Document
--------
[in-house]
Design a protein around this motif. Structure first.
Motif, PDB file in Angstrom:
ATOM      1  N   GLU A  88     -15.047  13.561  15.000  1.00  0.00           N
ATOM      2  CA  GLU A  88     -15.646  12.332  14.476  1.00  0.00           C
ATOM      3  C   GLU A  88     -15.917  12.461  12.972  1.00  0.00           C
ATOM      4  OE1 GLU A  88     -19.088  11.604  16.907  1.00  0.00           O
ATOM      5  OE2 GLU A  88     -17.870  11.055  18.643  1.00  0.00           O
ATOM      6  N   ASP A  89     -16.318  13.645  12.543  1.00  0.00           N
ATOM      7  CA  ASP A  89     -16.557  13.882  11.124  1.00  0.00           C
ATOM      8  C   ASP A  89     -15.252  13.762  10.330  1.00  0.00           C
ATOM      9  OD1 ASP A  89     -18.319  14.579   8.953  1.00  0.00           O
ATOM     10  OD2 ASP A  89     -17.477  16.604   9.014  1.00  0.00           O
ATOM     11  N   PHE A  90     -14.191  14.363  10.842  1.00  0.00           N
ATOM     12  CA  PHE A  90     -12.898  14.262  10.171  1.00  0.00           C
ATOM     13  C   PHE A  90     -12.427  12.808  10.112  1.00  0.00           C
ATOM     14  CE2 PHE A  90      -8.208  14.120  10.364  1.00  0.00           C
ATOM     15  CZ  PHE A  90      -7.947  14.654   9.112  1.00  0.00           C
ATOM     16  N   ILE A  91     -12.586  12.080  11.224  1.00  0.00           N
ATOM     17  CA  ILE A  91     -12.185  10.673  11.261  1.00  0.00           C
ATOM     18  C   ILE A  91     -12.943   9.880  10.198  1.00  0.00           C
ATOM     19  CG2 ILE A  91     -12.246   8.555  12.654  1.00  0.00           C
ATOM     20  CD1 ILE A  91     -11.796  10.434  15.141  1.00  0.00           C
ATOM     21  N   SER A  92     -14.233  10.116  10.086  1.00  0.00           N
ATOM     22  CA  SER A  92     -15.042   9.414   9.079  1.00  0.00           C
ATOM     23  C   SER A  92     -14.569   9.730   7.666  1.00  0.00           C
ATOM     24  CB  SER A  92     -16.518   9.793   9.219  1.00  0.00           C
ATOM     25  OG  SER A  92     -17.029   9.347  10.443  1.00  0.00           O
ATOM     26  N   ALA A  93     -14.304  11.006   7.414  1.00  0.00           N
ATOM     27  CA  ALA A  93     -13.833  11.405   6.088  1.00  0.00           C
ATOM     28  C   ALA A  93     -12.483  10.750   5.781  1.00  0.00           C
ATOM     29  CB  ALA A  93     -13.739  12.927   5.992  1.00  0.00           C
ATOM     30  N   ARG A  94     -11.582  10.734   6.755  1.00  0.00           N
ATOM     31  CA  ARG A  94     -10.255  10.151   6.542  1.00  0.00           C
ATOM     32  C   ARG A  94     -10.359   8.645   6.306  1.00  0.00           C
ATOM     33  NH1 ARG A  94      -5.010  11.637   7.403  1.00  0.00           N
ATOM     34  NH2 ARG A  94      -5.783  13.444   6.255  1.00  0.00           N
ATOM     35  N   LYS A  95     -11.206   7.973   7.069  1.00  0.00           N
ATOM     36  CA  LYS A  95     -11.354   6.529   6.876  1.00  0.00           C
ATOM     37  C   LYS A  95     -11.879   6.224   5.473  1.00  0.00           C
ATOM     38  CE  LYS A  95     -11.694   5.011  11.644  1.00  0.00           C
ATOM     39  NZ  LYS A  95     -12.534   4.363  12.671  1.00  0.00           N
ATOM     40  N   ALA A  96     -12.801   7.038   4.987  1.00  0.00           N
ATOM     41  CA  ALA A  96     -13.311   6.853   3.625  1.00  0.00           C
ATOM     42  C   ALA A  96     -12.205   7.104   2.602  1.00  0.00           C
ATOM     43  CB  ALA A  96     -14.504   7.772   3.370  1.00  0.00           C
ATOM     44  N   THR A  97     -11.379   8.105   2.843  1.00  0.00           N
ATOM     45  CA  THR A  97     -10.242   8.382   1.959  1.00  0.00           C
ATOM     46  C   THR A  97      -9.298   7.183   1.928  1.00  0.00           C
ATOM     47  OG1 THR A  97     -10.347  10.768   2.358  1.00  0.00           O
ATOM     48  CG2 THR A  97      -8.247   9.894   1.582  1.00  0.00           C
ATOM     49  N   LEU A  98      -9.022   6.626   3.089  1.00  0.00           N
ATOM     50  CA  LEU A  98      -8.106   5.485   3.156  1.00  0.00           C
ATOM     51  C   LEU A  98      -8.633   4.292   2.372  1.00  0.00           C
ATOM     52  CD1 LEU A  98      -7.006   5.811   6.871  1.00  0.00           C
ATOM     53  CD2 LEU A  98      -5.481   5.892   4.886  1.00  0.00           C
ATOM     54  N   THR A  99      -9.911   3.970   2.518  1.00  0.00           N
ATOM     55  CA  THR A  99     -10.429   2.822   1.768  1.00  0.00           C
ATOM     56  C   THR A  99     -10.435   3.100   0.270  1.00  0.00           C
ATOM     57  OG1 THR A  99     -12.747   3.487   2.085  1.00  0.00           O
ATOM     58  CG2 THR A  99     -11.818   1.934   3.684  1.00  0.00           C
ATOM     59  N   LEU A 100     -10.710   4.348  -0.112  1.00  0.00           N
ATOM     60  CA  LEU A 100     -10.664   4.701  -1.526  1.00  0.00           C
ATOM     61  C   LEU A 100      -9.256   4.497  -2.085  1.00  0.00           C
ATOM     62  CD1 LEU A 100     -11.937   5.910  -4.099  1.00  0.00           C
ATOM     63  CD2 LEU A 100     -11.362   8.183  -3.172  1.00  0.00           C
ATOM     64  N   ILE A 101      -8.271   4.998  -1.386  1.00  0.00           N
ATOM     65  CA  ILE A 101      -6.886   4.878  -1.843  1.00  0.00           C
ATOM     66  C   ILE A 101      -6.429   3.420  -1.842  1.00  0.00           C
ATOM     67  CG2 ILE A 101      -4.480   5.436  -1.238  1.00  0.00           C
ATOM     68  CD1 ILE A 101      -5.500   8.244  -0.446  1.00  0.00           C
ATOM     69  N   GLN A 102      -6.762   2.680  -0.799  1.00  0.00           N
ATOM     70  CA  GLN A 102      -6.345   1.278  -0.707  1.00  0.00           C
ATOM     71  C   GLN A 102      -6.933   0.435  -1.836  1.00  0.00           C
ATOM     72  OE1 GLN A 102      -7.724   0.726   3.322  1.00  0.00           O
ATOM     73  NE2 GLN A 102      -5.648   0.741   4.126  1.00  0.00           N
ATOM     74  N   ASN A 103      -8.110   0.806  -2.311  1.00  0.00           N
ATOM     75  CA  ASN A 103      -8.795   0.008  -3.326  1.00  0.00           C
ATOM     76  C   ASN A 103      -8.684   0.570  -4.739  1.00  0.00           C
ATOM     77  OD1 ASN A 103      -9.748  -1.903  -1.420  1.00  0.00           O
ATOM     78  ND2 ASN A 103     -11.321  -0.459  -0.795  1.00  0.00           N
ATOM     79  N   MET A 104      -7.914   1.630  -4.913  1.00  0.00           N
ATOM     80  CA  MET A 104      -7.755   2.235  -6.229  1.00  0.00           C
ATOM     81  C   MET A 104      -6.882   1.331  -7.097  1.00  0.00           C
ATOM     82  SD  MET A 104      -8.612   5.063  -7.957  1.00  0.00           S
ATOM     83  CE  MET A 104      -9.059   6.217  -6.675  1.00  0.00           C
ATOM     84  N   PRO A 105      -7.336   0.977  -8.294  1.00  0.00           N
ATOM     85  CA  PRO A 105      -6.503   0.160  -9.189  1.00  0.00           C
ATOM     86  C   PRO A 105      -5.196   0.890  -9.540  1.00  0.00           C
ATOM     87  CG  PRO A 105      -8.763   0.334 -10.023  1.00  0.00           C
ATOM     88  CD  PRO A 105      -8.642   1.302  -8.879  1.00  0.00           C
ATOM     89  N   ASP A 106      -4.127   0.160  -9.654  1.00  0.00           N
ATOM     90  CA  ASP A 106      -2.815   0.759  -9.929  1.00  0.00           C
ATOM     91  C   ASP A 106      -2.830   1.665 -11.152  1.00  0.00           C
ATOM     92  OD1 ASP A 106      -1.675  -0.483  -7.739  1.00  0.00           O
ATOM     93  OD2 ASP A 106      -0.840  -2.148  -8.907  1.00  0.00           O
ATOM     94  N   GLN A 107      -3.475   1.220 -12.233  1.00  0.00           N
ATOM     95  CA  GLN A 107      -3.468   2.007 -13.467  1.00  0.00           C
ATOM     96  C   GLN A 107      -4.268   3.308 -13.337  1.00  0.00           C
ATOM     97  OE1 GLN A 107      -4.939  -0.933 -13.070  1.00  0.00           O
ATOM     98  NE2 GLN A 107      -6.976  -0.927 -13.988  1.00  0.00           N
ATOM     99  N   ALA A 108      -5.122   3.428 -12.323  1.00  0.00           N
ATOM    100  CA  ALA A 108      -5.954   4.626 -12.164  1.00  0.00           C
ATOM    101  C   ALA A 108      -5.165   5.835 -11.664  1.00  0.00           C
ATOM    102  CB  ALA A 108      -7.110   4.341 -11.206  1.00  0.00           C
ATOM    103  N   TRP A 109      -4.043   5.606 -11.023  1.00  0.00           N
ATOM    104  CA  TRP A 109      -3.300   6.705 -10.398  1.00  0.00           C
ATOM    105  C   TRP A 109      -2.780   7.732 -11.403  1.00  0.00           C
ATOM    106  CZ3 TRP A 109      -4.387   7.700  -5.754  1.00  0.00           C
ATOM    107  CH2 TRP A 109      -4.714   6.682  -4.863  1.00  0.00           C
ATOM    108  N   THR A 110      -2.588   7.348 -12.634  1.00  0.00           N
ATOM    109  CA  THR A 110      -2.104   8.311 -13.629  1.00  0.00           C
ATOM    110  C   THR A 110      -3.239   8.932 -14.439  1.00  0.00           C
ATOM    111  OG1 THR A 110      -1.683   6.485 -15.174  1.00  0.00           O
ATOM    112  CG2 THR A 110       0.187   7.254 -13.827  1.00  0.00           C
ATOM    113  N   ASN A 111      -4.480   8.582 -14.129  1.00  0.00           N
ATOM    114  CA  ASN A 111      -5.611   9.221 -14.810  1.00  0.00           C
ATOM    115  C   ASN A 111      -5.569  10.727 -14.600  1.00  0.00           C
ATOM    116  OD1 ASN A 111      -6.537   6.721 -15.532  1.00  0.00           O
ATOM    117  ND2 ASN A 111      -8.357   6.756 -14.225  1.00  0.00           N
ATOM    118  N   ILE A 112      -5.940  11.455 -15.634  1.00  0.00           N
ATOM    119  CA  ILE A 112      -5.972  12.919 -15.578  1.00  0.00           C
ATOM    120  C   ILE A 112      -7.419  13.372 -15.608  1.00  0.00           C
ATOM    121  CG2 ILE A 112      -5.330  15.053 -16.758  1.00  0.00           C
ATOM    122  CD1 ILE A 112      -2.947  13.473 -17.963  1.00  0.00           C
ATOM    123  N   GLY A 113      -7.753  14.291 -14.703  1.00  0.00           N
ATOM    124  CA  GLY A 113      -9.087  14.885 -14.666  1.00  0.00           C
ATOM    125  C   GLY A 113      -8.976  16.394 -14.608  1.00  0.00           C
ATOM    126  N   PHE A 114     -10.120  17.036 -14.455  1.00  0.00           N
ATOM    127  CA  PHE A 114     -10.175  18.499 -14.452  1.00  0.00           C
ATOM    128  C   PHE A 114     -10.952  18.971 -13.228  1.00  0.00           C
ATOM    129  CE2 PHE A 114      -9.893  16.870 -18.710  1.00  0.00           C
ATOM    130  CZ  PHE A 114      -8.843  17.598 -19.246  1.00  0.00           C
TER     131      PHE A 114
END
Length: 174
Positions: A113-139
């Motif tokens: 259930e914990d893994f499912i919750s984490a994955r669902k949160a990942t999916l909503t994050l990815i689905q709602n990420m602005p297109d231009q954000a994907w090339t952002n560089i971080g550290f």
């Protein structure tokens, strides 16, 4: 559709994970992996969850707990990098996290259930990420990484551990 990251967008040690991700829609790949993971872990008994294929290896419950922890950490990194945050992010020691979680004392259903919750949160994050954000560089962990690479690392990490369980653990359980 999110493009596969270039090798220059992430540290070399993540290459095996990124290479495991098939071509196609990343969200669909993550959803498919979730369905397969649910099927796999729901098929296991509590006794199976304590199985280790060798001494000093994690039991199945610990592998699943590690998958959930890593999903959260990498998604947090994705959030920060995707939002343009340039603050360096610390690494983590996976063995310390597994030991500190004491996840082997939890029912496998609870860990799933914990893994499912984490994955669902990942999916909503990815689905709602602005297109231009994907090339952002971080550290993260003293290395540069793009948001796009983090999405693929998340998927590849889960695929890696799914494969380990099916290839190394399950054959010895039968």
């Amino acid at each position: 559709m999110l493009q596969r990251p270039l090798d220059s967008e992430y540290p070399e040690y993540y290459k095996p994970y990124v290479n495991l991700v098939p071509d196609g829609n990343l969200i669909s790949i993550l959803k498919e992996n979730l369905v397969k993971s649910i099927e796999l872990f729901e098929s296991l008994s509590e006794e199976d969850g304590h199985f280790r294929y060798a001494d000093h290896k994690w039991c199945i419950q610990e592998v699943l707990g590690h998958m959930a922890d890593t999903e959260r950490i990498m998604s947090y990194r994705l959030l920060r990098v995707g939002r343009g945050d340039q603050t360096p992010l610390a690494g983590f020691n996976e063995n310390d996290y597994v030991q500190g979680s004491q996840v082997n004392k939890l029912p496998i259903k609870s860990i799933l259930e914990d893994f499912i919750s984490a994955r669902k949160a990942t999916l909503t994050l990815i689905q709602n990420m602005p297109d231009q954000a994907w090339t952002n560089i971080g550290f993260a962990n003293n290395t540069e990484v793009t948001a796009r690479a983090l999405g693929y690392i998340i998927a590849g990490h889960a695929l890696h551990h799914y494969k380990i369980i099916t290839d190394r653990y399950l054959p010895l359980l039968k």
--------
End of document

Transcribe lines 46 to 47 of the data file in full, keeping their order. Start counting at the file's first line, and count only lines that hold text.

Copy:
ATOM     43  CB  ALA A  96     -14.504   7.772   3.370  1.00  0.00           C
ATOM     44  N   THR A  97     -11.379   8.105   2.843  1.00  0.00           N